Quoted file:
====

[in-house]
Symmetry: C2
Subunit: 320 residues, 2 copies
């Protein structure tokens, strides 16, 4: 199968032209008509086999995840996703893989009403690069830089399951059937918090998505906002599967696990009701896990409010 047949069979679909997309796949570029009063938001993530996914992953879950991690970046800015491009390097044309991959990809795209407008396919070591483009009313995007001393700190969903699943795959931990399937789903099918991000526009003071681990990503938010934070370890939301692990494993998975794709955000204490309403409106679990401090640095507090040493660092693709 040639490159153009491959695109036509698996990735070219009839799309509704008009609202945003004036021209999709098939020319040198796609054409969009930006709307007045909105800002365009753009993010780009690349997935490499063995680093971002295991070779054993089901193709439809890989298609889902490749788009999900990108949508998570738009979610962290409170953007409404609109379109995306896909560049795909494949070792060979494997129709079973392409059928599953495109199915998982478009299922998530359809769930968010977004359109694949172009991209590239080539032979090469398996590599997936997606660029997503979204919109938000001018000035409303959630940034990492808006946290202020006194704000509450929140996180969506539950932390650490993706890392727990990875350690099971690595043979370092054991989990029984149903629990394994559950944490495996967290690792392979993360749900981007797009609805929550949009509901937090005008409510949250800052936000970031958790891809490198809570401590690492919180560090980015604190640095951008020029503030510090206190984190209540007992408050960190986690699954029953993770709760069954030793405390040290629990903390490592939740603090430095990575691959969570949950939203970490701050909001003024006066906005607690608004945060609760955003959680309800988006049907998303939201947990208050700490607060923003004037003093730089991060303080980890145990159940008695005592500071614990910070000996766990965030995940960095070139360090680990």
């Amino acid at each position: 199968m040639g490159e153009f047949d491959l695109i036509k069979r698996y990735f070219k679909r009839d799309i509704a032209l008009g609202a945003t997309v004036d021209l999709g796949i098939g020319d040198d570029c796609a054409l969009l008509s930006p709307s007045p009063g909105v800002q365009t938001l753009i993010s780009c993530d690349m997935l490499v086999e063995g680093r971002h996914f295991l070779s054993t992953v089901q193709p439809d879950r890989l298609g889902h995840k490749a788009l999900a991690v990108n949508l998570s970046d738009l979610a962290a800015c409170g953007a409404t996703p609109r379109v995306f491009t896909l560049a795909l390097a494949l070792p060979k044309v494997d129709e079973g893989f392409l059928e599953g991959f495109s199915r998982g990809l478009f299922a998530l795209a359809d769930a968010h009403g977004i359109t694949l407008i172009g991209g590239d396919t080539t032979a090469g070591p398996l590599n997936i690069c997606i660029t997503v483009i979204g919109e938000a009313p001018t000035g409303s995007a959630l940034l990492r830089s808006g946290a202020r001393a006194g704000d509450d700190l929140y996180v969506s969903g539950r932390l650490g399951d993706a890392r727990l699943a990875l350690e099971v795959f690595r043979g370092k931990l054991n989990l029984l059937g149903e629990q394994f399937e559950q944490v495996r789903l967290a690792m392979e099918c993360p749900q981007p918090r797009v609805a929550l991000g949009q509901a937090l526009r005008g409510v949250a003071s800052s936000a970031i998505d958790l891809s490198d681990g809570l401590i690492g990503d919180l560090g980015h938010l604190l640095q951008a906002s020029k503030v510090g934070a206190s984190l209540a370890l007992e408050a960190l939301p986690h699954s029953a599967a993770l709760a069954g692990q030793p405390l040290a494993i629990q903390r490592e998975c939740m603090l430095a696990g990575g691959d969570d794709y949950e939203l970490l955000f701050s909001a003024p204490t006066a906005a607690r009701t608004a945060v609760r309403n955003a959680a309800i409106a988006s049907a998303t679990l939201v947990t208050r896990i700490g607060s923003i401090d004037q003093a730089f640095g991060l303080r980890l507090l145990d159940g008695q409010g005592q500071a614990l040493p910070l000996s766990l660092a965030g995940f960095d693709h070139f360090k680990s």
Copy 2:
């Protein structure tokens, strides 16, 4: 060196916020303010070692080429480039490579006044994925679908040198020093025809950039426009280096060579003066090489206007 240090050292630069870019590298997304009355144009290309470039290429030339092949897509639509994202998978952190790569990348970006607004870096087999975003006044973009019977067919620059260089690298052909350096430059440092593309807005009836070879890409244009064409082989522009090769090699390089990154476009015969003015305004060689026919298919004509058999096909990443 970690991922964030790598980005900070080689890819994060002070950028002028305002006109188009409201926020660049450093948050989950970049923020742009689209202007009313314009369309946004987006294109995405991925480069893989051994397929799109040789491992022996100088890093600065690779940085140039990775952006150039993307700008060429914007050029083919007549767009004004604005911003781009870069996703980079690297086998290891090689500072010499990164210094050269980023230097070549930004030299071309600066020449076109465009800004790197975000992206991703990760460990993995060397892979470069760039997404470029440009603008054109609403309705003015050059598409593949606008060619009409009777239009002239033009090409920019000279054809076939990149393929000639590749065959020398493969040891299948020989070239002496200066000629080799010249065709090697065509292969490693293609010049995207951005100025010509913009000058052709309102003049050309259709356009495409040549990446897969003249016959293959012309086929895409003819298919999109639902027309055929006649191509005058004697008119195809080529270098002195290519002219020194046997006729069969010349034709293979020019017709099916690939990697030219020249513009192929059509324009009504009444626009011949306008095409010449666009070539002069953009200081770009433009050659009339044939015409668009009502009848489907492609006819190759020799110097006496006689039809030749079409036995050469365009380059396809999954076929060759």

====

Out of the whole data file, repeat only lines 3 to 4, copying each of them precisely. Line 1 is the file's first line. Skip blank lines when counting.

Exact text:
Subunit: 320 residues, 2 copies
């Protein structure tokens, strides 16, 4: 199968032209008509086999995840996703893989009403690069830089399951059937918090998505906002599967696990009701896990409010 047949069979679909997309796949570029009063938001993530996914992953879950991690970046800015491009390097044309991959990809795209407008396919070591483009009313995007001393700190969903699943795959931990399937789903099918991000526009003071681990990503938010934070370890939301692990494993998975794709955000204490309403409106679990401090640095507090040493660092693709 040639490159153009491959695109036509698996990735070219009839799309509704008009609202945003004036021209999709098939020319040198796609054409969009930006709307007045909105800002365009753009993010780009690349997935490499063995680093971002295991070779054993089901193709439809890989298609889902490749788009999900990108949508998570738009979610962290409170953007409404609109379109995306896909560049795909494949070792060979494997129709079973392409059928599953495109199915998982478009299922998530359809769930968010977004359109694949172009991209590239080539032979090469398996590599997936997606660029997503979204919109938000001018000035409303959630940034990492808006946290202020006194704000509450929140996180969506539950932390650490993706890392727990990875350690099971690595043979370092054991989990029984149903629990394994559950944490495996967290690792392979993360749900981007797009609805929550949009509901937090005008409510949250800052936000970031958790891809490198809570401590690492919180560090980015604190640095951008020029503030510090206190984190209540007992408050960190986690699954029953993770709760069954030793405390040290629990903390490592939740603090430095990575691959969570949950939203970490701050909001003024006066906005607690608004945060609760955003959680309800988006049907998303939201947990208050700490607060923003004037003093730089991060303080980890145990159940008695005592500071614990910070000996766990965030995940960095070139360090680990």